• 7. Re: Don't fully understand @Factory
                      Jacob Orshalick Apprentice

                      This should certainly work.  We are going to need some more detail to help (e.g. the full component definition, the facelet snippet where it is being requested, etc).  Also, what context is the @DataModel being outjected to?  You can view the details of the context in the Seam debug page.

                      • 8. Re: Don't fully understand @Factory
                        Ian McMahon Newbie

                        Hm, I didn't even know about the debug page, that's a handy bit of info to have! 


                        Anyway, aircraftManager component has two variables in it that the view ought to be able to see:


                            @DataModel
                            private List<String> things;
                        
                            @Factory("things")
                            public void findThings() {
                                things = new ArrayList<String>();
                                things.add("One thing");
                                things.add("Two thing");
                                things.add("Red thing");
                                things.add("Blue thing");
                            }
                        
                            @Factory("categories")
                            public List<AircraftCategory> getCategories() {
                                List<AircraftCategory> c = em.createQuery("SELECT c FROM AircraftCategory c").getResultList();
                                return c;
                            }



                        After I hit my test page, aircraftManager is in the SESSION context.  categories shows up under it on the debug page, but things doesn't.



                        Here's the facelet that requests things:


                                <ui:define name="content">
                                    <h1>Test</h1>
                        
                                    <f:view>
                                        <h:form>
                                            <h:dataTable var="thing" value="#{things}">
                                                <h:column>
                                                    <f:facet name="header">Things</f:facet>
                                                    <h:outputText value="#{thing}"/>
                                                </h:column>
                                            </h:dataTable>
                                        </h:form>
                                    </f:view>
                        
                                </ui:define>




                        • 9. Re: Don't fully understand @Factory
                          Ian McMahon Newbie

                          Here's the whole component if it helps:


                          @Stateful
                          @Name("aircraftManager")
                          @Scope(ScopeType.SESSION)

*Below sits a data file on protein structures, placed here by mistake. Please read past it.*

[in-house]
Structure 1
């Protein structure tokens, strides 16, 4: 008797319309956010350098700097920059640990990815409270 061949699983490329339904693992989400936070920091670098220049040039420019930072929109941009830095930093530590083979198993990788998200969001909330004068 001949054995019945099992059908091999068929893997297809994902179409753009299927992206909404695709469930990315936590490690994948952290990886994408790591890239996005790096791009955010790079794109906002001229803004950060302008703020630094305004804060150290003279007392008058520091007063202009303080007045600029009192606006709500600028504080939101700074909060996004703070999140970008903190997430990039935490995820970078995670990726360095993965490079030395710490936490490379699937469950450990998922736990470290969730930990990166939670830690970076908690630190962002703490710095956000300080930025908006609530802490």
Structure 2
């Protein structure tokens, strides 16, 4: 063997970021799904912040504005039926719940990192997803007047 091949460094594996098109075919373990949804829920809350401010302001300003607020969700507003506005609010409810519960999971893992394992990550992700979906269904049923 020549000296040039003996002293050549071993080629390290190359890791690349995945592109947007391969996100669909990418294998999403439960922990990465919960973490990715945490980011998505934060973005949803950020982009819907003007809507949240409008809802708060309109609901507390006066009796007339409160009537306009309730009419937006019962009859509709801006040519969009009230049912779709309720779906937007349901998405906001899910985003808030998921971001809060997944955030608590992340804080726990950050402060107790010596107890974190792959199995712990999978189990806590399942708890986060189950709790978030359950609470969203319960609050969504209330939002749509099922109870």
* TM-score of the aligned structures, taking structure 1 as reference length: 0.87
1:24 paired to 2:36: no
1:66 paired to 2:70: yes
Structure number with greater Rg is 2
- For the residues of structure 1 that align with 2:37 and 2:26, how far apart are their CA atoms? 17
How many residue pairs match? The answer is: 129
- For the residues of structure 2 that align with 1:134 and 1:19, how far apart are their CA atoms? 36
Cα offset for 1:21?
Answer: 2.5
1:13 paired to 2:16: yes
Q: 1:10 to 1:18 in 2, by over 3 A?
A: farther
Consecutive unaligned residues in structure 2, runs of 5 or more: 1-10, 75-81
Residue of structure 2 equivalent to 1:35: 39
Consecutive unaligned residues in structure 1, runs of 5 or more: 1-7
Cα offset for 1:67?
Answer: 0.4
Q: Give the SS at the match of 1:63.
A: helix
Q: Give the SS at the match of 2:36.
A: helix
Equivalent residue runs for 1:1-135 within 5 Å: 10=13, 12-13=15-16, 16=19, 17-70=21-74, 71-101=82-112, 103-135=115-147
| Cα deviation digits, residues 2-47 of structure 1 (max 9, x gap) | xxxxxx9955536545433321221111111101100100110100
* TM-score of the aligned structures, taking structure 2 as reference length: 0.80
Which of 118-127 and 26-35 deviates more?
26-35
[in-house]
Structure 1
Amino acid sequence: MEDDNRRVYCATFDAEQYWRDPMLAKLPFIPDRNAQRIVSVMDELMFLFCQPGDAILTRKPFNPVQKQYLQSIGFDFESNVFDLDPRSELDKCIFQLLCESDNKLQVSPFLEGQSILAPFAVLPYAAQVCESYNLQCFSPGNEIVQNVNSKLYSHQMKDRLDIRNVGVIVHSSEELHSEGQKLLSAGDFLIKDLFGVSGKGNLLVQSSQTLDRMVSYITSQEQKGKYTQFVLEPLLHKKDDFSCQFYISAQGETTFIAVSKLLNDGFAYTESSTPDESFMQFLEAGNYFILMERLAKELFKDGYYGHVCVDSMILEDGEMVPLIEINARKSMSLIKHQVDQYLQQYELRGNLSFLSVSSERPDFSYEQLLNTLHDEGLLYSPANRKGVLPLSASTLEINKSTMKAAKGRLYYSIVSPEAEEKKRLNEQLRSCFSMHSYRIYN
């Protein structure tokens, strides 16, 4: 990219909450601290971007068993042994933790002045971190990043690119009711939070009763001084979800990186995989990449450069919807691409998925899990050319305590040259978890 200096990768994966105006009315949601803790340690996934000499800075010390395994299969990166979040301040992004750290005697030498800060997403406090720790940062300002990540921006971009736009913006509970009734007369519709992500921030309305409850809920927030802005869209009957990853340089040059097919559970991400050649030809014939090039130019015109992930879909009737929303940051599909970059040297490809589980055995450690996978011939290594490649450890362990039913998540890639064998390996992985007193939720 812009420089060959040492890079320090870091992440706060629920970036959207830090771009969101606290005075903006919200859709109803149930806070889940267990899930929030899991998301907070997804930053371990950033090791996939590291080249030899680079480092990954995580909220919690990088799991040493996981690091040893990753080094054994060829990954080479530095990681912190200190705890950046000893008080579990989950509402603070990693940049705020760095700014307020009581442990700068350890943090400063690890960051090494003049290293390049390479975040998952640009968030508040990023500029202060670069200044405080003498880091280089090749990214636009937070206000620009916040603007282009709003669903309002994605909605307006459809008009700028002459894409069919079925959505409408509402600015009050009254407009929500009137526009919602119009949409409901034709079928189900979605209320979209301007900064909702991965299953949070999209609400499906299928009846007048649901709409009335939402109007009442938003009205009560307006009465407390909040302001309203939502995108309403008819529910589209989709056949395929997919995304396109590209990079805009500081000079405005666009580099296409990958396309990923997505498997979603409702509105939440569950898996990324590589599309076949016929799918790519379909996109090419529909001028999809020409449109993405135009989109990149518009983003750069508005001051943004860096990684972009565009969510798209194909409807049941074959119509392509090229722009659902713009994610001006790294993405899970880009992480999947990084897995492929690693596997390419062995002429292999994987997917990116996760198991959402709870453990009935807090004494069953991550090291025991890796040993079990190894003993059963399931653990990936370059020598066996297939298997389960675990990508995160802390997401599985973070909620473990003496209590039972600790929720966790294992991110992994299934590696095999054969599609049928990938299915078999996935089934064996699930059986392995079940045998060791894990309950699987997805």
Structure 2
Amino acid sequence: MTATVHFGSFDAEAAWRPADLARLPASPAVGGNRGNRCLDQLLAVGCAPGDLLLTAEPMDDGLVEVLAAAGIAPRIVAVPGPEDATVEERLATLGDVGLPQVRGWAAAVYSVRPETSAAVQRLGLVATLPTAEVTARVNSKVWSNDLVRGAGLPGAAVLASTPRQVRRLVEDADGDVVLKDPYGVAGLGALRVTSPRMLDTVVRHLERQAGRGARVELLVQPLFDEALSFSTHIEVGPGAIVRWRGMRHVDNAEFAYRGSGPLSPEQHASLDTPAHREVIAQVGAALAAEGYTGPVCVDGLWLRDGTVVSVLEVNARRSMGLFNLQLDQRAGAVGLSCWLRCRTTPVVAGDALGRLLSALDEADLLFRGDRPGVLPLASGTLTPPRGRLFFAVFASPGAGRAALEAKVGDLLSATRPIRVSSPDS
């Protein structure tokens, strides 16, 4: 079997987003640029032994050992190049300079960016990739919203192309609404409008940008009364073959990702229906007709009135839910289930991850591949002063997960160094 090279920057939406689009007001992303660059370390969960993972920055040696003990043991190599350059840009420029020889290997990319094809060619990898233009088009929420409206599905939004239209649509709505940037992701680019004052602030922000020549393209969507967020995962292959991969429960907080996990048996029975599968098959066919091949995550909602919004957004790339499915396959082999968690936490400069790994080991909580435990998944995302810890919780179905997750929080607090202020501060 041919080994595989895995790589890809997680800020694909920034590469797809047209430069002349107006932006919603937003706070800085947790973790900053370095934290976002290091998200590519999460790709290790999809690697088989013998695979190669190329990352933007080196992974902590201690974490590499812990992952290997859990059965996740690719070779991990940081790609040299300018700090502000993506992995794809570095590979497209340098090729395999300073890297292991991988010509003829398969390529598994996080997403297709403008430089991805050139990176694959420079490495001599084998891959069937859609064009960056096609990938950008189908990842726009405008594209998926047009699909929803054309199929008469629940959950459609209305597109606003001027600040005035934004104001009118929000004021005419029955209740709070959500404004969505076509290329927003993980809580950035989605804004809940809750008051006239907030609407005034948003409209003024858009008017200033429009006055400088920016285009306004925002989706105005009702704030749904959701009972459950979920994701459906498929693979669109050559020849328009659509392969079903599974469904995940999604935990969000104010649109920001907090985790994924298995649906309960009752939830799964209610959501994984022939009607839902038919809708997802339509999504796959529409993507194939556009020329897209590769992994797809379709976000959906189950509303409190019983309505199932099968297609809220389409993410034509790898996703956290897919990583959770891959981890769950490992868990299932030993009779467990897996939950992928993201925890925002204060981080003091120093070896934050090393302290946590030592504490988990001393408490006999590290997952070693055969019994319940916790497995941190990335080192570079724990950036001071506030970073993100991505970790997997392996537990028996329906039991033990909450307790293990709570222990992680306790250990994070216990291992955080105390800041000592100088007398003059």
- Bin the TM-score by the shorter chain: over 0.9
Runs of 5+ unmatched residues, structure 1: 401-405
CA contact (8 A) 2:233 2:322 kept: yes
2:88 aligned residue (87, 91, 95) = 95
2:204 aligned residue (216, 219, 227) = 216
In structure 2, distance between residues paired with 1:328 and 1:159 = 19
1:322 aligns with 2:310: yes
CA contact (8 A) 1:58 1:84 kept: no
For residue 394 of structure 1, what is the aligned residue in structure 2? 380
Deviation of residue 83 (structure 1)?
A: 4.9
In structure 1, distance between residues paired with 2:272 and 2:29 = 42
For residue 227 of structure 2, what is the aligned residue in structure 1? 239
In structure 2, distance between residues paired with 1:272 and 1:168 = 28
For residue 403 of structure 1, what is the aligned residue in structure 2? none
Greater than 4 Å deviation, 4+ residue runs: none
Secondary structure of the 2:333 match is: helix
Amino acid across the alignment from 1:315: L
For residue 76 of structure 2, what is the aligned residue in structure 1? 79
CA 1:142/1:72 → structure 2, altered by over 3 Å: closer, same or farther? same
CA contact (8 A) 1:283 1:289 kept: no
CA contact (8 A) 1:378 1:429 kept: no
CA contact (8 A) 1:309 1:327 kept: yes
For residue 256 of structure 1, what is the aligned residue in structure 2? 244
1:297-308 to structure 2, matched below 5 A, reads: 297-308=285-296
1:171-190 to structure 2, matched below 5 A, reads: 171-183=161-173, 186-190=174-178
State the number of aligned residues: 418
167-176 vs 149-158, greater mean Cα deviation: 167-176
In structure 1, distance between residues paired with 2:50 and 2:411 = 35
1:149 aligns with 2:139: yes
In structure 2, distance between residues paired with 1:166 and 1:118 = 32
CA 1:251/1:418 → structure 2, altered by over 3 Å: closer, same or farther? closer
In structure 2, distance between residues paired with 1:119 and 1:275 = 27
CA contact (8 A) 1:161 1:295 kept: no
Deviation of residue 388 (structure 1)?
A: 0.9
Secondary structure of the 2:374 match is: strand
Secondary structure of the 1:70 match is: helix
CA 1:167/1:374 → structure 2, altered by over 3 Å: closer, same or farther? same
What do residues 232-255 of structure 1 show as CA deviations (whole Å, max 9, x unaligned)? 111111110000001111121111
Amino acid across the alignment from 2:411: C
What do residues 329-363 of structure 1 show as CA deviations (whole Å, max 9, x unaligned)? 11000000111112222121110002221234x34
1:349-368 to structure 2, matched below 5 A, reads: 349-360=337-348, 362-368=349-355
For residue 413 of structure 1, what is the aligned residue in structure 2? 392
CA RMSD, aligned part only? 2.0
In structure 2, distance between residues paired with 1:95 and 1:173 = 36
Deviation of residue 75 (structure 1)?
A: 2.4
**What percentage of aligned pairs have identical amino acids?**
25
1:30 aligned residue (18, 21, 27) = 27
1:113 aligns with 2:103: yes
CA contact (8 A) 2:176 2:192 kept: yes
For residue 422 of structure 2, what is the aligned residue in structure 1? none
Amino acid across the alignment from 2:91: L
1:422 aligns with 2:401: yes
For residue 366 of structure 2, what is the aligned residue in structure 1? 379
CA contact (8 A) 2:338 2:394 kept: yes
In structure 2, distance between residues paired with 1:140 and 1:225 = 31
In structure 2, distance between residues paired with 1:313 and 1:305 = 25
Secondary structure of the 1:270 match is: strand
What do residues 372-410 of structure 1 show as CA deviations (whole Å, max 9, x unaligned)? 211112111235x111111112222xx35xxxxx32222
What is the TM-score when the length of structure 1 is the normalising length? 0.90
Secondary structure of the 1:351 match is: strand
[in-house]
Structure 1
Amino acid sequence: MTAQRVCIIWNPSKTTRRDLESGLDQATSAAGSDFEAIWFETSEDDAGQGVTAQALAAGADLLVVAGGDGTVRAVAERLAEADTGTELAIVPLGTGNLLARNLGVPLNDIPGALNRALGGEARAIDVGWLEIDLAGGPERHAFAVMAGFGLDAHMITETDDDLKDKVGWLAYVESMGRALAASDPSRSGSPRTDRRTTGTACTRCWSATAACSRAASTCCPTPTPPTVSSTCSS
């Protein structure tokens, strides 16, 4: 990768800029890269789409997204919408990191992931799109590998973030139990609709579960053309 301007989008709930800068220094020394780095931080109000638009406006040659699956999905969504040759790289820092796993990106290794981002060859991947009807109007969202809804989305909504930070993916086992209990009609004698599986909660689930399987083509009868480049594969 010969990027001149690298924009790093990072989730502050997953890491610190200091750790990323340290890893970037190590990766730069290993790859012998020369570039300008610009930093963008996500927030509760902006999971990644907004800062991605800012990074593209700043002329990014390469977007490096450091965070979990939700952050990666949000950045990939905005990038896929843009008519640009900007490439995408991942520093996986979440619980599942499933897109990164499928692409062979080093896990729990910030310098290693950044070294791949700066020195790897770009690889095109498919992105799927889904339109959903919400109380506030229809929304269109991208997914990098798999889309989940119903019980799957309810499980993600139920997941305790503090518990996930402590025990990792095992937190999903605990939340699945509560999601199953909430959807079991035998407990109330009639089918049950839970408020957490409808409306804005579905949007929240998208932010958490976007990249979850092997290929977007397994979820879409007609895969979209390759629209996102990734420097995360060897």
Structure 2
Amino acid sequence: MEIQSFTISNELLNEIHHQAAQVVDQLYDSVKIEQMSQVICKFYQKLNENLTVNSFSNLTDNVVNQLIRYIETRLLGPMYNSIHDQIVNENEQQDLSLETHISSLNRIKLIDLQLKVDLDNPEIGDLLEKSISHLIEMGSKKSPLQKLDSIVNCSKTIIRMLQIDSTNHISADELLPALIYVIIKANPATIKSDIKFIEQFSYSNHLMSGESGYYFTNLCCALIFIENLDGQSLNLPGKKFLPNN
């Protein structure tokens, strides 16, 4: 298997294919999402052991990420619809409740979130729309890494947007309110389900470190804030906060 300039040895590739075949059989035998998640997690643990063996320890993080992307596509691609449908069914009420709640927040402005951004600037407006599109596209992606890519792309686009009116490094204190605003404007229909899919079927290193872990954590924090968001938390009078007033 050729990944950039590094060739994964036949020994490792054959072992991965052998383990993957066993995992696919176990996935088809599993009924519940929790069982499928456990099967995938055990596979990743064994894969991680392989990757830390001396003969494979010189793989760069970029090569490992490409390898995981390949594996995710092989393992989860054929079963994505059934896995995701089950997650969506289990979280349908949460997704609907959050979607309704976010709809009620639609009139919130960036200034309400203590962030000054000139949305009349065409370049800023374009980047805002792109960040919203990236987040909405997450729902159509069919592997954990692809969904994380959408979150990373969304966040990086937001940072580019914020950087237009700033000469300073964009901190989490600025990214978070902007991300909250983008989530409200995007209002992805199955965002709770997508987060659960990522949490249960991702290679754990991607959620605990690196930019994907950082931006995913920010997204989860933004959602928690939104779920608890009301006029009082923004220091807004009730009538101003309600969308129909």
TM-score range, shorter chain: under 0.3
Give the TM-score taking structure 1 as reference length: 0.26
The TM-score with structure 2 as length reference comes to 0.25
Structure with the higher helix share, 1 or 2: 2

public class AircraftManagerBean implements Serializable, AircraftManagerLocal {
                              private static final long serialVersionUID = 1881413500711441951L;
                              
                              @PersistenceContext(unitName="av8", type= PersistenceContextType.EXTENDED)
                              private EntityManager em;
                          
                              @DataModel
                              private List<String> things;
                          
                              @Factory("things")
                              public void findThings() {
                                  things = new ArrayList<String>();
                                  things.add("One thing");
                                  things.add("Two thing");
                                  things.add("Red thing");
                                  things.add("Blue thing");
                              }
                          
                              @Factory("categories")
                              public List<AircraftCategory> getCategories() {
                                  List<AircraftCategory> c = em.createQuery("SELECT c FROM AircraftCategory c").getResultList();
                                  return c;
                              }
                          
                              public String loadBaseInfo() {
                                  AircraftCategory cat = new AircraftCategory();
                                  cat.setName("Airplane");
                                  em.persist(cat);
                          
                                  cat = new AircraftCategory("Rotorcraft");
                                  em.persist(cat);
                          
                                  return "aircraftManager.xhtml";
                              }
                          
                              @Remove public void destroy() {}
                          }